Out of nowhere, a new trend accelerated into the forefront of the picture this past year, giving millions of legs a much-deserved break. But now, E-bikes are asking for one, too.
While E-bikes are being told to stay off some trails, bike experts are telling us why they’re perfectly safe for the environment. Before we get to that, we need to look at its sudden rise in popularity.
In December 2019, all eyes were on virtually every industry, except the most obvious one – outdoor recreation.
But, the tech industry experts at Deloitte were watching.
Sure enough, they called it.
According to Forbes, they predicted the pandemic would spark a bull market for the E-bike industry, anticipating a surge between 2020-2023 with sales reaching at least 130 million E-bikes nationwide. (I won’t mention what happened at the start of 2020, but I’m betting you already guessed.) In fact, national market research organization NPD Group reports E-bike sales hit $560 million in 2020, which was a 137% jump from the year before.
“With the pandemic, more people have been wanting to get outdoors more often, and have been moving toward the E-bike to get themselves back on the trail,” CBI Bikes bike shop manager Landon Poulter said. “We have had them in stock since our shop first opened, but we’re definitely noticing them thinning-out this past year, especially as we head into the end of the season.”
Currently, the E-bike industry exploded worldwide, with some companies even offering E-bikes to employees as an incentive to come back to work.
In July, Amazon launched a new bike subsidy program to help make the daily commute more tolerable for its employees, using E-bikes.
Tolerable? Shoot, we would be all about that, given most of Idaho is 90% hills, and paying for gas is costing us everything but our dignity (debatable).
Cities across the world are now promoting E-bike programs, with British Columbia nixing the sales tax on E-bikes. Up and down California, it’s nearly impossible to travel anywhere without seeing riders pedaling effortlessly on their E-bikes. In fact, several SoCal cities received millions in state funding to stock E-bike hubs around town.
Unlike coastal communities, Poulter said electronic mountain bikes have been the biggest seller at CBI Bikes.
This E-bike trend has been around for years. And if you’re thinking, “Duh. Yamaha already started the electric assist bike in the 1990s,” think again. Yes, the lithium-ion battery was invented in 1991, which drastically reduced the weight load of the original E-bike patent — from 1895!
Yep, the original E-bike patent dates back 126 years ago.
On December 31, 1895, good ol’ Ogden Bolton Jr. of Canton, Ohio was celebrating a lot more than ringing-in the new year. He submitted this remarkable design, detailing his invention of the world’s first electric bicycle.
Seriously, check-out the specs here.
Good effort, buddy. But, there were two big problems with his original design: the weight of the bike, and there was probably more battery life in that obnoxious birthday card you got from Aunt Patty last year.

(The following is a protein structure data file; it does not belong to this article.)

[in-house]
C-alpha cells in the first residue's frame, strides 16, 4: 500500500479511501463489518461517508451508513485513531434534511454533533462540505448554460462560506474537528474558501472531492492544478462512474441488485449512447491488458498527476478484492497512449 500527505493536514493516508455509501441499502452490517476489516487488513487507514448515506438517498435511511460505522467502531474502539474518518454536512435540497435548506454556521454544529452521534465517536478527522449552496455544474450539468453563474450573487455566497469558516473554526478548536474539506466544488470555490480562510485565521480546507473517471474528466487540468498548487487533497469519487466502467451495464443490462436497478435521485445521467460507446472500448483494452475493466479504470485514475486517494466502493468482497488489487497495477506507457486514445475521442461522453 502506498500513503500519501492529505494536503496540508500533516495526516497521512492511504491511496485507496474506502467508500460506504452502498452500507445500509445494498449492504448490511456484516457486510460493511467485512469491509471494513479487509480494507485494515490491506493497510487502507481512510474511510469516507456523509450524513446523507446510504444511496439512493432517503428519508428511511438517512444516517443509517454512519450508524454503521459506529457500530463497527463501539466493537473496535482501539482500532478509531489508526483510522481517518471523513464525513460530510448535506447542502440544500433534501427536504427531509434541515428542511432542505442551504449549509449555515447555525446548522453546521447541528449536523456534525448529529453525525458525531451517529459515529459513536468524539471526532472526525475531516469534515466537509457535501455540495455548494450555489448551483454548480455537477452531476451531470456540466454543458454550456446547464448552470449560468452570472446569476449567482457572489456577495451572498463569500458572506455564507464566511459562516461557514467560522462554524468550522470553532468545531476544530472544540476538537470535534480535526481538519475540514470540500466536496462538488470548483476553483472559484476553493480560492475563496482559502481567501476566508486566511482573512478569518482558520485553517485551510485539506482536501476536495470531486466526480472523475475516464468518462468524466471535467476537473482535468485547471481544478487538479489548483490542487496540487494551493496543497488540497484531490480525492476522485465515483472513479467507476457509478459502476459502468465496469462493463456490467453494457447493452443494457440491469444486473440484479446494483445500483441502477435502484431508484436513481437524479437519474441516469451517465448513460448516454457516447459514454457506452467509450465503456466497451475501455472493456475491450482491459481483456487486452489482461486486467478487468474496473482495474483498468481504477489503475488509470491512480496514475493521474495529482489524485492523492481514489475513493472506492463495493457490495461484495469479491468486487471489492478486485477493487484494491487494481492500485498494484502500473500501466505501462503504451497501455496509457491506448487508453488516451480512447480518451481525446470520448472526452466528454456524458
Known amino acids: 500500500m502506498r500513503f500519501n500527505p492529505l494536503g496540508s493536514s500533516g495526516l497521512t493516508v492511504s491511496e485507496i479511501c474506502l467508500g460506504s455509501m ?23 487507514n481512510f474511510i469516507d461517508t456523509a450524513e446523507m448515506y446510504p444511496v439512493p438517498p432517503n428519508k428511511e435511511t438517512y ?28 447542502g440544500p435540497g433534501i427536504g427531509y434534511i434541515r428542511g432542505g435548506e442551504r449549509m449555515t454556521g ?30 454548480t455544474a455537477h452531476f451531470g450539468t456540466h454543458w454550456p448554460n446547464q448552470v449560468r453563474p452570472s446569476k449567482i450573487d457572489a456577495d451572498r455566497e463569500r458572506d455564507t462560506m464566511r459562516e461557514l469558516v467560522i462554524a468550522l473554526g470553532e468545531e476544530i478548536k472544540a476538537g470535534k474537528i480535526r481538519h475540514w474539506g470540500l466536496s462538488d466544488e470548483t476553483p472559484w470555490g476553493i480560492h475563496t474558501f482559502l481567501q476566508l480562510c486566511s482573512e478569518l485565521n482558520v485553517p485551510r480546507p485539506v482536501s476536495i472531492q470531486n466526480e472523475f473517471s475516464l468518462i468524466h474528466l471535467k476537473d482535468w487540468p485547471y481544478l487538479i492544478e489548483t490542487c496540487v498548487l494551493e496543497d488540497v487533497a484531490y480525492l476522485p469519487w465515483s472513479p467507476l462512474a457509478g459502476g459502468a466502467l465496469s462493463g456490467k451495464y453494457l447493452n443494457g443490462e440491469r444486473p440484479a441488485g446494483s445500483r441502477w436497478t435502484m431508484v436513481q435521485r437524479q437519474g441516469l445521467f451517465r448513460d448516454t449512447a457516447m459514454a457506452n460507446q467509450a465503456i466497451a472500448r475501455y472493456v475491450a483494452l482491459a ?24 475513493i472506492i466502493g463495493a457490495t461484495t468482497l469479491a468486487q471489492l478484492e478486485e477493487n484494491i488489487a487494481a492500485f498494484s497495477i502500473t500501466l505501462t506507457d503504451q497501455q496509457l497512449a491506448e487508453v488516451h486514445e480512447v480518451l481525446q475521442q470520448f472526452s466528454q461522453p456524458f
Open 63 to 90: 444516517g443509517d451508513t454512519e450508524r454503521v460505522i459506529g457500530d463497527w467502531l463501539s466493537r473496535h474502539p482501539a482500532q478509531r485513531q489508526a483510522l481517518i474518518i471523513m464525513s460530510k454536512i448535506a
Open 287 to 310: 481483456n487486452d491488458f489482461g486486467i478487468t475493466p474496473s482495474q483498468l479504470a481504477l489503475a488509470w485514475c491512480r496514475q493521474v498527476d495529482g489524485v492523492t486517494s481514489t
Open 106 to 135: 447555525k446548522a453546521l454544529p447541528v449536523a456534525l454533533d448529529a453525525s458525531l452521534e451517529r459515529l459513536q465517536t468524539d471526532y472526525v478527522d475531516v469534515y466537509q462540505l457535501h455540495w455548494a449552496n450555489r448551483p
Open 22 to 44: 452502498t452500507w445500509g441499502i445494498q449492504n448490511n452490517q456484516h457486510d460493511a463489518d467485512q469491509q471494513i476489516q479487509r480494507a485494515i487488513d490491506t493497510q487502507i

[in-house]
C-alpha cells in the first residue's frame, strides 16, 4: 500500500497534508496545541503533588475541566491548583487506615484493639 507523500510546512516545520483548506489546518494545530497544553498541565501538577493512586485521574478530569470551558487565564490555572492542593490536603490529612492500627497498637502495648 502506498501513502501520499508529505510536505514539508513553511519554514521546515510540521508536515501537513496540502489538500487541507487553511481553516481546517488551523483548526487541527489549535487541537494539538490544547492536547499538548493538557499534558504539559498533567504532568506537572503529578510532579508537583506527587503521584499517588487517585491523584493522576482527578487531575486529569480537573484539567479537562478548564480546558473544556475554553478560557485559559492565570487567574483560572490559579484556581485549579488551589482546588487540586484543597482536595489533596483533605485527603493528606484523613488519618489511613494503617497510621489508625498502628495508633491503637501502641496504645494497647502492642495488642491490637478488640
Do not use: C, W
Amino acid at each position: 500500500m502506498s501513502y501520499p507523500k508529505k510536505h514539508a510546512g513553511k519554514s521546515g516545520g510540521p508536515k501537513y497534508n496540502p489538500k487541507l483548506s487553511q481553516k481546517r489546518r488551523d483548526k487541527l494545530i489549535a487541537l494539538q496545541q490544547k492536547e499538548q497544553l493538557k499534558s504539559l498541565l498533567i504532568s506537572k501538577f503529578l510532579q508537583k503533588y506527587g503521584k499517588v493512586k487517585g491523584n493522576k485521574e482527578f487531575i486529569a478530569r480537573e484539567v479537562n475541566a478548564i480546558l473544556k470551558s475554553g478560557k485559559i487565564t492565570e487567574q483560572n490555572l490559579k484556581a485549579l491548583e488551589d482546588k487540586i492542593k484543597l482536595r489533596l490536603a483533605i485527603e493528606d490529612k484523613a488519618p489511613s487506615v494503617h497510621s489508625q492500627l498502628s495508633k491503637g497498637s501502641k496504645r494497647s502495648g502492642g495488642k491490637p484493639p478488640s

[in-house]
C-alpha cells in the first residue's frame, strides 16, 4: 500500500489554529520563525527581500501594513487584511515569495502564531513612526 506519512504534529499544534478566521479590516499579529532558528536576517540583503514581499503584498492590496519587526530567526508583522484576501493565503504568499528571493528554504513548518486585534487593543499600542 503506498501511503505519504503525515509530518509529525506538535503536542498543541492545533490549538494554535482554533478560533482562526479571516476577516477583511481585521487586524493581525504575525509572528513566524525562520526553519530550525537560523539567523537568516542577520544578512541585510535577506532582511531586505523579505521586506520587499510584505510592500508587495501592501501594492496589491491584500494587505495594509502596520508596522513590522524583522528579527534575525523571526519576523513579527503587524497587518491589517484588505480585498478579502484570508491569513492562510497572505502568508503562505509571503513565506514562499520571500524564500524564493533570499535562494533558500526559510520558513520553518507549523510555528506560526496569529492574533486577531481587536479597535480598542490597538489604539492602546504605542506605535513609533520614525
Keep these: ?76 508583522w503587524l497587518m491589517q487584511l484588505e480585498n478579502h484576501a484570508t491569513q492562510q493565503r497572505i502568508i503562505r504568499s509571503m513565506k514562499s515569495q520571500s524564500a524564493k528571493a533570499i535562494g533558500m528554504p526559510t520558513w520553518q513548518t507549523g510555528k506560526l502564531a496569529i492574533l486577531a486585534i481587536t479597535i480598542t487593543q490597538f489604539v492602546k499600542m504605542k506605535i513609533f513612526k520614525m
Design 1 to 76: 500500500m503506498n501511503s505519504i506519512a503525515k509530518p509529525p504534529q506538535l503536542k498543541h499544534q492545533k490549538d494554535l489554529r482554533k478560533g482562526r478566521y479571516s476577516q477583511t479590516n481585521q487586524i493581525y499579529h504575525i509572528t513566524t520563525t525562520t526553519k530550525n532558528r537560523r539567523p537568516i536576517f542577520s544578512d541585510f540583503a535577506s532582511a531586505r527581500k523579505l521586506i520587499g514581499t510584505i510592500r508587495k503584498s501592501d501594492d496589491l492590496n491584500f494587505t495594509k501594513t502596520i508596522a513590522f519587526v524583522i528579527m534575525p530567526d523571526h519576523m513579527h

Since then, Poulter said there are countless E-bike models, accommodating every rider, from those who are just hoping for a more enjoyable morning commute to work, to those scrubbin’ jumps down some serious rock gardens in the Tetons.
So, choosing which E-bike is right for you, should be fairly straightforward.
“There’s an E-bike for every type of bike you would normally ride,” Poulter explained. “We see a lot of people come in, of all ages, who want some help going further distances. We even see riders rehabbing from injuries, and those who haven’t been mountain biking in awhile, who just want to get back out on the trails. It’s an equalizer for people hoping to get back into biking.”
Poulter noted, CBI Bikes has been diligent about keeping the shop stocked with E-bikes to fit different riding styles, including: hardtail, full-suspension, gravel, and road E-bikes.
Poulter added, there are two types of E-bikes: throttle assist and pedal assist. Right now, CBI Bikes only carries pedal assist E-bikes, which means you still get to pedal, but your legs won’t be on fire 15 minutes into your hill climb.
But, informing trail conservationists of just how harmless pedal assist bikes are, has been an uphill battle for some bike experts. Somehow, E-bikes gained a misunderstood reputation, causing a number of communities to ban them from biking trails.
“There’s a fear they’ll damage the trails, but in reality, there’s just not enough throttle or torque to allow that to happen,” Poulter pointed-out. “These bikes have the same impact as a normal mountain bike.”
He said electronic mountain bikes usually have four settings that assist you up the mountain. Each mode provides another degree of power you need. The bikes top-out at 20 miles per hour, making it perfect for your little ones to finally have a chance to keep up with you.